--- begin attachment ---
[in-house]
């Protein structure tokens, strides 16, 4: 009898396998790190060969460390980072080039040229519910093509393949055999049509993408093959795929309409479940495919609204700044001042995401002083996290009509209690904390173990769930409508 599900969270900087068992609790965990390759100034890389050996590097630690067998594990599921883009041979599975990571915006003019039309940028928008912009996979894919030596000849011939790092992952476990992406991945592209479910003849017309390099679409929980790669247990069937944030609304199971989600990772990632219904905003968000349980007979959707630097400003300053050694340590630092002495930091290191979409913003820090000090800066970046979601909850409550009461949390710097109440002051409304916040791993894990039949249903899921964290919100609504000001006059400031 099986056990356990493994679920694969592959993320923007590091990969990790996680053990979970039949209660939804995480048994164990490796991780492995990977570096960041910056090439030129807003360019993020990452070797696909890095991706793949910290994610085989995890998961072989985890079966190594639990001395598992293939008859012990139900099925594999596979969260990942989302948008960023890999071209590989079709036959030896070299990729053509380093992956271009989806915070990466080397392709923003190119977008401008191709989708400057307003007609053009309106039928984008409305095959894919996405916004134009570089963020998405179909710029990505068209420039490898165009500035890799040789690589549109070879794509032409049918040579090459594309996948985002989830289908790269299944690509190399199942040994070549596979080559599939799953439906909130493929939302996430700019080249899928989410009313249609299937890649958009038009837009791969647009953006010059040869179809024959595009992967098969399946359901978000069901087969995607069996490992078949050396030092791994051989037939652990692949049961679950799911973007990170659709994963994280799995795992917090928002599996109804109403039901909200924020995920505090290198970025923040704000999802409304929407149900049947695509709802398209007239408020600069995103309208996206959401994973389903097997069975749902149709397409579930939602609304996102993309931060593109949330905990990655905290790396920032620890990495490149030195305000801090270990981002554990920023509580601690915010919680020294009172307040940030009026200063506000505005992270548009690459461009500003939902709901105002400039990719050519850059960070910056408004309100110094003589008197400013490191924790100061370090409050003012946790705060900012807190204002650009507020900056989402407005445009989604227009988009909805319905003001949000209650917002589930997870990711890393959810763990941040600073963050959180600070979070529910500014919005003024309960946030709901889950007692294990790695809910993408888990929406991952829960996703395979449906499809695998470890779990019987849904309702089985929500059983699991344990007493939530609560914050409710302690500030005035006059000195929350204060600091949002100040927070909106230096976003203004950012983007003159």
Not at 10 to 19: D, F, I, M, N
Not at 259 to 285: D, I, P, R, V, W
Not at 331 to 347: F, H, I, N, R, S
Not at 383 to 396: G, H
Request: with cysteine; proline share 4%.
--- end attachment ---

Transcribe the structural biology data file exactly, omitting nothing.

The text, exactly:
[in-house]
């Protein structure tokens, strides 16, 4: 009898396998790190060969460390980072080039040229519910093509393949055999049509993408093959795929309409479940495919609204700044001042995401002083996290009509209690904390173990769930409508 599900969270900087068992609790965990390759100034890389050996590097630690067998594990599921883009041979599975990571915006003019039309940028928008912009996979894919030596000849011939790092992952476990992406991945592209479910003849017309390099679409929980790669247990069937944030609304199971989600990772990632219904905003968000349980007979959707630097400003300053050694340590630092002495930091290191979409913003820090000090800066970046979601909850409550009461949390710097109440002051409304916040791993894990039949249903899921964290919100609504000001006059400031 099986056990356990493994679920694969592959993320923007590091990969990790996680053990979970039949209660939804995480048994164990490796991780492995990977570096960041910056090439030129807003360019993020990452070797696909890095991706793949910290994610085989995890998961072989985890079966190594639990001395598992293939008859012990139900099925594999596979969260990942989302948008960023890999071209590989079709036959030896070299990729053509380093992956271009989806915070990466080397392709923003190119977008401008191709989708400057307003007609053009309106039928984008409305095959894919996405916004134009570089963020998405179909710029990505068209420039490898165009500035890799040789690589549109070879794509032409049918040579090459594309996948985002989830289908790269299944690509190399199942040994070549596979080559599939799953439906909130493929939302996430700019080249899928989410009313249609299937890649958009038009837009791969647009953006010059040869179809024959595009992967098969399946359901978000069901087969995607069996490992078949050396030092791994051989037939652990692949049961679950799911973007990170659709994963994280799995795992917090928002599996109804109403039901909200924020995920505090290198970025923040704000999802409304929407149900049947695509709802398209007239408020600069995103309208996206959401994973389903097997069975749902149709397409579930939602609304996102993309931060593109949330905990990655905290790396920032620890990495490149030195305000801090270990981002554990920023509580601690915010919680020294009172307040940030009026200063506000505005992270548009690459461009500003939902709901105002400039990719050519850059960070910056408004309100110094003589008197400013490191924790100061370090409050003012946790705060900012807190204002650009507020900056989402407005445009989604227009988009909805319905003001949000209650917002589930997870990711890393959810763990941040600073963050959180600070979070529910500014919005003024309960946030709901889950007692294990790695809910993408888990929406991952829960996703395979449906499809695998470890779990019987849904309702089985929500059983699991344990007493939530609560914050409710302690500030005035006059000195929350204060600091949002100040927070909106230096976003203004950012983007003159």
Not at 10 to 19: D, F, I, M, N
Not at 259 to 285: D, I, P, R, V, W
Not at 331 to 347: F, H, I, N, R, S
Not at 383 to 396: G, H
Request: with cysteine; proline share 4%.